and balance limitations of the aircraft being flown and the
reasons for these limitations.

Effect of Weight on Aircraft Structure
The effect of additional weight on the wing structure of an
aircraft is not readily apparent. Airworthiness requirements
prescribe that the structure of an aircraft certificated in the
normal category (in which acrobatics are prohibited) must
be strong enough to withstand a load factor of 3.8 Gs to take
care of dynamic loads caused by maneuvering and gusts. This
means that the primary structure of the aircraft can withstand
a load of 3.8 times the approved gross weight of the aircraft
without structural failure occurring. If this is accepted as
indicative of the load factors that may be imposed during
operations for which the aircraft is intended, a 100-pound
overload imposes a potential structural overload of 380
pounds. The same consideration is even more impressive in
the case of utility and acrobatic category aircraft, which have
load factor requirements of 4.4 and 6.0, respectively.

Structural failures which result from overloading may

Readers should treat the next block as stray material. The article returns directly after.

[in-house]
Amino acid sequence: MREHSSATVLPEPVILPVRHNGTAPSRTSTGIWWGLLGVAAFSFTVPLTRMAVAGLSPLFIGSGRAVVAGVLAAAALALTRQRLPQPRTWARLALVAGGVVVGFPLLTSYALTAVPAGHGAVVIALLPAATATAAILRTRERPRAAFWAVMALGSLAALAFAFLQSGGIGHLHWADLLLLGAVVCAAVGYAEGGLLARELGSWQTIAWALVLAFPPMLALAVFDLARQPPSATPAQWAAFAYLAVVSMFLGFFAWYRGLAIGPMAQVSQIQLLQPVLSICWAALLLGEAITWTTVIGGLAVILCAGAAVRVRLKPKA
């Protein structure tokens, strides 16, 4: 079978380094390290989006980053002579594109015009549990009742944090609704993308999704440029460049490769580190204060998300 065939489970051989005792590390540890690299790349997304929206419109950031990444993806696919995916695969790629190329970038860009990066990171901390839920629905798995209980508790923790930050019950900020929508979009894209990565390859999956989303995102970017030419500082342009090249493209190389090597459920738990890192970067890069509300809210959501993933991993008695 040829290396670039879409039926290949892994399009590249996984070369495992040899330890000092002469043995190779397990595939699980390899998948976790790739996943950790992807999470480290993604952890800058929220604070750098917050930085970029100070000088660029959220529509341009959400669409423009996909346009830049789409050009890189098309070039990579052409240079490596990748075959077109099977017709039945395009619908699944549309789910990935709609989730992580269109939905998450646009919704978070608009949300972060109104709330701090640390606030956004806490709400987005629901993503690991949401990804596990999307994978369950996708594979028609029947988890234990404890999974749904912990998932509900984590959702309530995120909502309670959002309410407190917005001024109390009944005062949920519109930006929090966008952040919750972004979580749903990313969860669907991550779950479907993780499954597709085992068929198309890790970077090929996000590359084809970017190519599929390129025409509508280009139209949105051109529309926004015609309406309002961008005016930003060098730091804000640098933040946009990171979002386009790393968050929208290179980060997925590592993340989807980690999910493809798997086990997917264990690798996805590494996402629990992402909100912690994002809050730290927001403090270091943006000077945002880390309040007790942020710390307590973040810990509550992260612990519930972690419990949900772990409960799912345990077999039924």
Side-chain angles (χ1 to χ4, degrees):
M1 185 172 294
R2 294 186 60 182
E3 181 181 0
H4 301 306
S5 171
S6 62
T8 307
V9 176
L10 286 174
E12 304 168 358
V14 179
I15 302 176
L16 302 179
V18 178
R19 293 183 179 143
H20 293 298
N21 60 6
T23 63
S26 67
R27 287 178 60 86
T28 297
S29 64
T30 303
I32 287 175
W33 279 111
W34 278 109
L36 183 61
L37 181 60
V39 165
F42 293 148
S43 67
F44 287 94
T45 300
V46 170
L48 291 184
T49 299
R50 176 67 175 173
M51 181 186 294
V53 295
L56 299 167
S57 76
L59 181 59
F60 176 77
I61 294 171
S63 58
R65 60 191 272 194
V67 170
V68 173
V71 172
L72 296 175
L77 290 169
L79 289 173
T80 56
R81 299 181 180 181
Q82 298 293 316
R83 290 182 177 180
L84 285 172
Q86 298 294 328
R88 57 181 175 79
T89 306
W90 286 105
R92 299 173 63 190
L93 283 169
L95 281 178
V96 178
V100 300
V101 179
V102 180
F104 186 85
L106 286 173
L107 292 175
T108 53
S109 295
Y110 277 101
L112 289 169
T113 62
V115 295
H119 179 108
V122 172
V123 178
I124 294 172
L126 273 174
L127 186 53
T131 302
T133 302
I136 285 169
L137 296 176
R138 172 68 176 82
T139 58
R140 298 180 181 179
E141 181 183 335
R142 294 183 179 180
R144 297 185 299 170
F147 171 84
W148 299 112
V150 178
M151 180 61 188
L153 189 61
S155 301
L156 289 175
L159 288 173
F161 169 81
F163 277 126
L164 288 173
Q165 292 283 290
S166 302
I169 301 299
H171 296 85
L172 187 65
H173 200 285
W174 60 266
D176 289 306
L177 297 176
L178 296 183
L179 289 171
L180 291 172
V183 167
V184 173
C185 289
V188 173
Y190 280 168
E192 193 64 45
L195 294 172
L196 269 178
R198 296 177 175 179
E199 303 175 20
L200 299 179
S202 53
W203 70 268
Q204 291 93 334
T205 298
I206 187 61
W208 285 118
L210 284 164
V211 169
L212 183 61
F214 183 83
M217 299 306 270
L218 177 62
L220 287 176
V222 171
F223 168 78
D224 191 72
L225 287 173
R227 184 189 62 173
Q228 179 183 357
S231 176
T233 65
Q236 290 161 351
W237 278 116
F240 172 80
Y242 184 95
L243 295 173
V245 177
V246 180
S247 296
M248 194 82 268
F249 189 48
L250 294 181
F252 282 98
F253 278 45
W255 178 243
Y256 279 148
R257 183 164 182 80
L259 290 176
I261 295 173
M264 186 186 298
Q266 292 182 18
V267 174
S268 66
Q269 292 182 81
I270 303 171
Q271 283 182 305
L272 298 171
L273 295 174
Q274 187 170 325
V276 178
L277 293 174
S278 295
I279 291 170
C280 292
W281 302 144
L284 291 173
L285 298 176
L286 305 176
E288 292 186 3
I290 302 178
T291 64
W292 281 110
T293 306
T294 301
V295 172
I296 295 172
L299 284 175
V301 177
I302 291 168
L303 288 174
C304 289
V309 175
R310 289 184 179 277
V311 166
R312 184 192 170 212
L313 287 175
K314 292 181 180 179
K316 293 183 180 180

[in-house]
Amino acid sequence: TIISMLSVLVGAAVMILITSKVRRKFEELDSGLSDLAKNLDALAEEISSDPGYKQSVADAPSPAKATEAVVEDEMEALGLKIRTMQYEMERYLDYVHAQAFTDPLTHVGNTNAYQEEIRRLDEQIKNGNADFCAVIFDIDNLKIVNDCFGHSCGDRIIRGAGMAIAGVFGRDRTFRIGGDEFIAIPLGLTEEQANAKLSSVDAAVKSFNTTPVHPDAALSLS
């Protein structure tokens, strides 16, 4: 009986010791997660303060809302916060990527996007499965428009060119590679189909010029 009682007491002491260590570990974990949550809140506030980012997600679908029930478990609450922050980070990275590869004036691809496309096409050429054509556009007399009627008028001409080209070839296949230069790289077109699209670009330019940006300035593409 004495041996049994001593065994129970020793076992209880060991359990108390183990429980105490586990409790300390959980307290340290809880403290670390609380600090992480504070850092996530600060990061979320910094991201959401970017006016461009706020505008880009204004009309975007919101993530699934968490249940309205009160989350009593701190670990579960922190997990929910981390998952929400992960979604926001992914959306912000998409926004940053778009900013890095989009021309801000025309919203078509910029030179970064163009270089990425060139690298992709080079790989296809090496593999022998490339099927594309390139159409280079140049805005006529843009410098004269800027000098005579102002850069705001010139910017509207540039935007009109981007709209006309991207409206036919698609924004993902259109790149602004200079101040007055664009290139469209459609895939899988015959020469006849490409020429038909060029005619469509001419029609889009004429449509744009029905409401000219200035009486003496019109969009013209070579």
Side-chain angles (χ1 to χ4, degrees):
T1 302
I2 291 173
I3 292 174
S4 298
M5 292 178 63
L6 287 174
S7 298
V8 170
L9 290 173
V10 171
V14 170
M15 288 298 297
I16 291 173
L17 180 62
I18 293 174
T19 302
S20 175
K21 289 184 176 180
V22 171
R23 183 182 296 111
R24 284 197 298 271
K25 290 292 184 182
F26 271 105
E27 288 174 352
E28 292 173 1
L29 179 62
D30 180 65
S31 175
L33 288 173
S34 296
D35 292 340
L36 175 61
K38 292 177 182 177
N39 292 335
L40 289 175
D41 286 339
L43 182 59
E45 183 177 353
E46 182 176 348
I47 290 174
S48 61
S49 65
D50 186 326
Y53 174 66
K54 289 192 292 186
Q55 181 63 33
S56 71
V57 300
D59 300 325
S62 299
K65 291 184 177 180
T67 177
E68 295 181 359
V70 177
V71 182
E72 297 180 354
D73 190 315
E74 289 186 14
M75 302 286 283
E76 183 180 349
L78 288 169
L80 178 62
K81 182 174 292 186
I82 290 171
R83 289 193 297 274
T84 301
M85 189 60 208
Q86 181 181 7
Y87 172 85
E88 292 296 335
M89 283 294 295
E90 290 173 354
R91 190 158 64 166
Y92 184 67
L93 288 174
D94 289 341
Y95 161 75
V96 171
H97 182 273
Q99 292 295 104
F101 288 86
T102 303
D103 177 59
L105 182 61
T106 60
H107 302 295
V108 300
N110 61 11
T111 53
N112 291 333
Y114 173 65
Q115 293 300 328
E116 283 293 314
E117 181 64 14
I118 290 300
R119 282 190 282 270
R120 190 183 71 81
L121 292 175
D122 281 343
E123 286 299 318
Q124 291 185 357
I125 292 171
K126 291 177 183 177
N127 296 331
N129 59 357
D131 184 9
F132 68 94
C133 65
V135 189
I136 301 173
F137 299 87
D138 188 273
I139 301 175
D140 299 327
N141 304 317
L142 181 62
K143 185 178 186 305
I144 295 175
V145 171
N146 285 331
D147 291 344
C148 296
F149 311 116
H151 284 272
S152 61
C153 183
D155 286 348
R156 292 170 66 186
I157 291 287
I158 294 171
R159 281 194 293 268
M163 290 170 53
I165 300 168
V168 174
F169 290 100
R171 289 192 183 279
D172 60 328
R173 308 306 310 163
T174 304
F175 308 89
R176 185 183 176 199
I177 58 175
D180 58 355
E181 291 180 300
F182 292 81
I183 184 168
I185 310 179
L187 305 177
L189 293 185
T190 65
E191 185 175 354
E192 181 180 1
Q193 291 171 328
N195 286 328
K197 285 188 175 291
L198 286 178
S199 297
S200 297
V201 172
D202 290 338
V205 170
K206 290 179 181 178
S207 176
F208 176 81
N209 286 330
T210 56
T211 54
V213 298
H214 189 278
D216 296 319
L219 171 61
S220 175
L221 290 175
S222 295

be dramatic and catastrophic, but more often they affect
structural components progressively in a manner that
is difficult to detect and expensive to repair. Habitual
overloading tends to cause cumulative stress and damage
that may not be detected during preflight inspections and
result in structural failure later during completely normal
operations. The additional stress placed on structural parts
by overloading is believed to accelerate the occurrence of
metallic fatigue failures.

A knowledge of load factors imposed by flight maneuvers
and gusts emphasizes the consequences of an increase in
the gross weight of an aircraft. The structure of an aircraft
about to undergo a load factor of 3 Gs, as in recovery from
a steep dive, must be prepared to withstand an added load
of 300 pounds for each 100-pound increase in weight. It
should be noted that this would be imposed by the addition
of about 16 gallons of unneeded fuel in a particular aircraft.
FAA-certificated civil aircraft have been analyzed structurally
and tested for flight at the maximum gross weight authorized
and within the speeds posted for the type of flights to be
performed. Flights at weights in excess of this amount are
quite possible and often are well within the performance
capabilities of an aircraft. This fact should not mislead the
pilot, as the pilot may not realize that loads for which the
aircraft was not designed are being imposed on all or some
part of the structure.

In loading an aircraft with either passengers or cargo, the
structure must be considered. Seats, baggage compartments,
and cabin floors are designed for a certain load or
concentration of load and no more. For example, a light
plane baggage compartment may be placarded for 20 pounds
because of the limited strength of its supporting structure
even though the aircraft may not be overloaded or out of CG
limits with more weight at that location.